For many years, the lack of availability of naloxone has been seen as a primary barrier. Most states have passed legislation intended to increase layperson access to naloxone and provide limited legal immunity to those who administer naloxone to persons experiencing an opioid-related overdose [10]. By 2021, a total of 47 states and Washington, District of Columbia, had enacted both Good Samaritan and naloxone access laws [20], and programs to facilitate distribution of naloxone to laypersons have steadily become more common [18], especially since 2010 [19]. Unfortunately, a 2018 study in Indiana and Arizona found that such policies did not always sufficiently facilitate layperson access [21]. The availability of naloxone at cost will likely increase in the United States in the next several years given a recent 19-0 US Food and Drug Administration advisory committee vote in favor of granting some naloxone products over-the-counter (OTC) status [22]. However, national data from a similar OTC change in Australia suggest that people may not automatically begin purchasing naloxone in response [23] (eg, other factors such as willingness may be salient).

More ubiquity in carrying and being willing to use naloxone is critical because, as described by Kim et al [24], the efficacy of naloxone is fundamentally time dependent. Brain injury from hypoxia is more likely the longer oxygen deprivation occurs [25]. In some cases, overdose death from heroin can be extremely rapid [26], and death typically occurs within 1 to 3 hours [27]. Overdoses from fentanyl and fentanyl analogs often present differently than other opioid overdoses and may be even more likely to rapidly result in fatality [28]. Thus, it is important that naloxone is present at or near the scene and used as quickly as possible. Unfortunately, despite a surge in OEND programs in the United States, relatively few people carry and are willing to use naloxone [29].

Misperceptions About Naloxone and Overdose May Inhibit OEND Programs

Evidence suggests that misperceptions about overdose and naloxone, as well as stigmatizing beliefs about people who use drugs, may affect both layperson and first responder willingness and interest in carrying and using naloxone [29-33]; for example, first responders may be ambivalent about “providing naloxone to those they deem undeserving” [34], and a review found that stigmatizing attitudes among first responders may reduce the likelihood of bystander response [35]. Some first responders have noted that laypersons in their communities may fear “real and perceived cultural opposition” to harm reduction strategies [36]. Such reticence and stigma may even persist after OEND training [29,37] and have been described as fundamentally hindering the US response to the opioid overdose crisis [38].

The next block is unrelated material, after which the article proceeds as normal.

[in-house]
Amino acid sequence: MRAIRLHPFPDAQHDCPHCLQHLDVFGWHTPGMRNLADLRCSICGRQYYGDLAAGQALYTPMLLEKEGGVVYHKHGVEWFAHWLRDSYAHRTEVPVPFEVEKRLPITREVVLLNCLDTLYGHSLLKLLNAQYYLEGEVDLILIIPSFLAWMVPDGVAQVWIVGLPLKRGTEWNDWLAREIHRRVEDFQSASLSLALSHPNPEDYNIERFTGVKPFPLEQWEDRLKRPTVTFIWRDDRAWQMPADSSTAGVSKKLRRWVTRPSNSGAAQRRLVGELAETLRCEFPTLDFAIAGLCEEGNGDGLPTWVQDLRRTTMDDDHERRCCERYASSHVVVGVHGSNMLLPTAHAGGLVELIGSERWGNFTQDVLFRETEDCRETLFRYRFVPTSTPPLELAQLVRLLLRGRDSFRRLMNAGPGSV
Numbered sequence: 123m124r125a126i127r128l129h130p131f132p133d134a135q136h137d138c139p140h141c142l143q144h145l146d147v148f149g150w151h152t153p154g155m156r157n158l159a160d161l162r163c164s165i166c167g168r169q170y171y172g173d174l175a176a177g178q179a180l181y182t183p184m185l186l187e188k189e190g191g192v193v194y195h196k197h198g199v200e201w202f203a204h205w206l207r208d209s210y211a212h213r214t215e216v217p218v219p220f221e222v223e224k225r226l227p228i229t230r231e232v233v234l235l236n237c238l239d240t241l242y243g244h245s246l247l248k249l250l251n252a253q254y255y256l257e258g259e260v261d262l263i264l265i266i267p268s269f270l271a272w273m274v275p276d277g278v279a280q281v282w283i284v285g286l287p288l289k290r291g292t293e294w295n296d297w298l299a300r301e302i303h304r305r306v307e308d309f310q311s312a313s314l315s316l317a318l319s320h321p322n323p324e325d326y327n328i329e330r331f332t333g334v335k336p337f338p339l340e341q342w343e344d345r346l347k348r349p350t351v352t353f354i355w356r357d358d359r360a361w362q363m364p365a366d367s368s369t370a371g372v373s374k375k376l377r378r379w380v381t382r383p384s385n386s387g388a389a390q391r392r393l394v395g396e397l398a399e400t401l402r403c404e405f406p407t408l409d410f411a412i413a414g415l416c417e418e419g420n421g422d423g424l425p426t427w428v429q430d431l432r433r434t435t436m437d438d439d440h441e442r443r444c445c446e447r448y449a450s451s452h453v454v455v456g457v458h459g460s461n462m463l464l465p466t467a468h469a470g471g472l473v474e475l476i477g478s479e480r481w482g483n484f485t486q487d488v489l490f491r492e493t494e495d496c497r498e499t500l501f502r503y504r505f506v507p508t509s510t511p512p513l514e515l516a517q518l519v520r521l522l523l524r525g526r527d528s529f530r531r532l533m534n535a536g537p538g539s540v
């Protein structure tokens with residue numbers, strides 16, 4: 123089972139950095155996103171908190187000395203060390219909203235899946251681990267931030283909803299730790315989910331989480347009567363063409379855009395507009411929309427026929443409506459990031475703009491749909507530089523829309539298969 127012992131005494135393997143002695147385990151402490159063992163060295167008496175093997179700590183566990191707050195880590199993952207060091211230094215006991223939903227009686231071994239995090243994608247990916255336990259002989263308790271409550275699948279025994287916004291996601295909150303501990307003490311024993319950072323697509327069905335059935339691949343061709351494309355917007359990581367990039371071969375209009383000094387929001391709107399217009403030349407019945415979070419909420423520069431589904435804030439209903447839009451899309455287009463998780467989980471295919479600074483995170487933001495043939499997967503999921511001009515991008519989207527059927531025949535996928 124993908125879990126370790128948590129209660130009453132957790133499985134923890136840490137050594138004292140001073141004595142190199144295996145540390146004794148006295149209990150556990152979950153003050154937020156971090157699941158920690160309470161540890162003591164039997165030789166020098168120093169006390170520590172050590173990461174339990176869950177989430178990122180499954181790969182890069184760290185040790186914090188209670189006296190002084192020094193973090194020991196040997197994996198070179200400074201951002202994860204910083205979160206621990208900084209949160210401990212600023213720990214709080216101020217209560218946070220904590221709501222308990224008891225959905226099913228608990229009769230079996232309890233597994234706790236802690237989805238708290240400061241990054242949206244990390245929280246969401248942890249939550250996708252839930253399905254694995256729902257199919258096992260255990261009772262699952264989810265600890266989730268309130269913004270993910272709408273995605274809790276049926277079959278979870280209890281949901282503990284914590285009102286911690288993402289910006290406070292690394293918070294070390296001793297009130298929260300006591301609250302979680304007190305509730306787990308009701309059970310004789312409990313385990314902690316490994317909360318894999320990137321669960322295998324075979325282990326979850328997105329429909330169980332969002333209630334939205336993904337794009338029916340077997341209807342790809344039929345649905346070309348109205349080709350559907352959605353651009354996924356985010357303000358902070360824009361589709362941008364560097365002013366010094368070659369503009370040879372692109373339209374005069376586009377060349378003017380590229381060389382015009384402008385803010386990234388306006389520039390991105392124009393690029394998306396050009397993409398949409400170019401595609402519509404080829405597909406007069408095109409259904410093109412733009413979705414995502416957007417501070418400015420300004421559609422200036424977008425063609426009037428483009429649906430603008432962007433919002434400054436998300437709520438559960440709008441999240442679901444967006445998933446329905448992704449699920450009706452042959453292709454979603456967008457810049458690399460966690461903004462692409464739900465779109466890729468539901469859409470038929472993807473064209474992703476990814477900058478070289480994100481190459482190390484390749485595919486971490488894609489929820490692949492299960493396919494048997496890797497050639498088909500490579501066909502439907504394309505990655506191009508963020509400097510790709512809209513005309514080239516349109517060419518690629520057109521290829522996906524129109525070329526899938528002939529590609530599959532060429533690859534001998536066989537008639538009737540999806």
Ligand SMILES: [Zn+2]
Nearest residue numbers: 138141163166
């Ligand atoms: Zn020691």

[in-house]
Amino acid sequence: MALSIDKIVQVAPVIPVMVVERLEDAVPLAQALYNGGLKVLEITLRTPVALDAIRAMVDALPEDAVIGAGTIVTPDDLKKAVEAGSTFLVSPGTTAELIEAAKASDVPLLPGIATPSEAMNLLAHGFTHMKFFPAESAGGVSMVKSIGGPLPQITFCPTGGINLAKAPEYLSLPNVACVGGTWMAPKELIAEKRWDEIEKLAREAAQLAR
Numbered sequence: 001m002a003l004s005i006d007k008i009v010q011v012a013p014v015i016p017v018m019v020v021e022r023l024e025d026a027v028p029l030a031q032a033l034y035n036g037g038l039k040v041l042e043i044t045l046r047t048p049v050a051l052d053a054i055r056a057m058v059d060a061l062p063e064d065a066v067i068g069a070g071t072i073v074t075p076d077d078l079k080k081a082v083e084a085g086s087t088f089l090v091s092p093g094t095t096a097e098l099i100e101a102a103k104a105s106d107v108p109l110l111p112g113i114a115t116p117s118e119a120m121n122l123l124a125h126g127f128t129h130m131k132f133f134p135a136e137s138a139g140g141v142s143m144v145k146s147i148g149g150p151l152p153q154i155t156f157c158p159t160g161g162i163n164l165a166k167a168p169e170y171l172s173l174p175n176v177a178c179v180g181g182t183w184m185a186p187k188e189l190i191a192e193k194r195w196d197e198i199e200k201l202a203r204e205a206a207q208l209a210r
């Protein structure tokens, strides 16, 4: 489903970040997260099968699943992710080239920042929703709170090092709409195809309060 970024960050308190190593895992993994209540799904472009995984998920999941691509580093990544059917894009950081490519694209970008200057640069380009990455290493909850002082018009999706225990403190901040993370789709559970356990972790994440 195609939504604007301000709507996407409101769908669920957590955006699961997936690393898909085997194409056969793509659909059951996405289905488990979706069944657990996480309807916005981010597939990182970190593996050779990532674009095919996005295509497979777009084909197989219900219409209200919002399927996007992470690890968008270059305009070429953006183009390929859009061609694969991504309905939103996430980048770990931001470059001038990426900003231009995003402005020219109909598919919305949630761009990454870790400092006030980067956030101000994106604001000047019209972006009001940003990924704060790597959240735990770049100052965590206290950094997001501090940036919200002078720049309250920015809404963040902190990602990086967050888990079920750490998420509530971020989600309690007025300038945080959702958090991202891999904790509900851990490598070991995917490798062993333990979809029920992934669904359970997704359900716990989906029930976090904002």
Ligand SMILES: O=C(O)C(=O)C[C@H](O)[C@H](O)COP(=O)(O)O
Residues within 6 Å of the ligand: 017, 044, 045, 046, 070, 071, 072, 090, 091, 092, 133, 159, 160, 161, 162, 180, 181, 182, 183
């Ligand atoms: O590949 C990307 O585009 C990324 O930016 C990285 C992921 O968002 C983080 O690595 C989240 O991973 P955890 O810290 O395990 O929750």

To the best of our knowledge, the prevalence of specific belief statements about naloxone and overdose that do not align with current scientific evidence had not been explored in depth until 2022 [39]. We conducted a study (using the Prolific platform) consisting of 702 respondents who were representative of the US adult population across race, ethnicity, gender, and age. Several misperceptions around naloxone and overdose were fairly common in our sample, and there was a surprisingly large minority of participants (approximately one-seventh of the sample) who believed that users could “get high on naloxone” [39]. We also observed potential evidence of cognitive dissonance about OEND; specifically, large latent profiles simultaneously believed, in the framed context of naloxone reversing an opioid overdose, that “if trained and provided with naloxone, bystanders can effectively prevent overdoses in the community” and “opioid users will use more opioids if they know they have access to naloxone” [39].

Our Proposed Study to Mitigate Barriers to Effective Overdose Response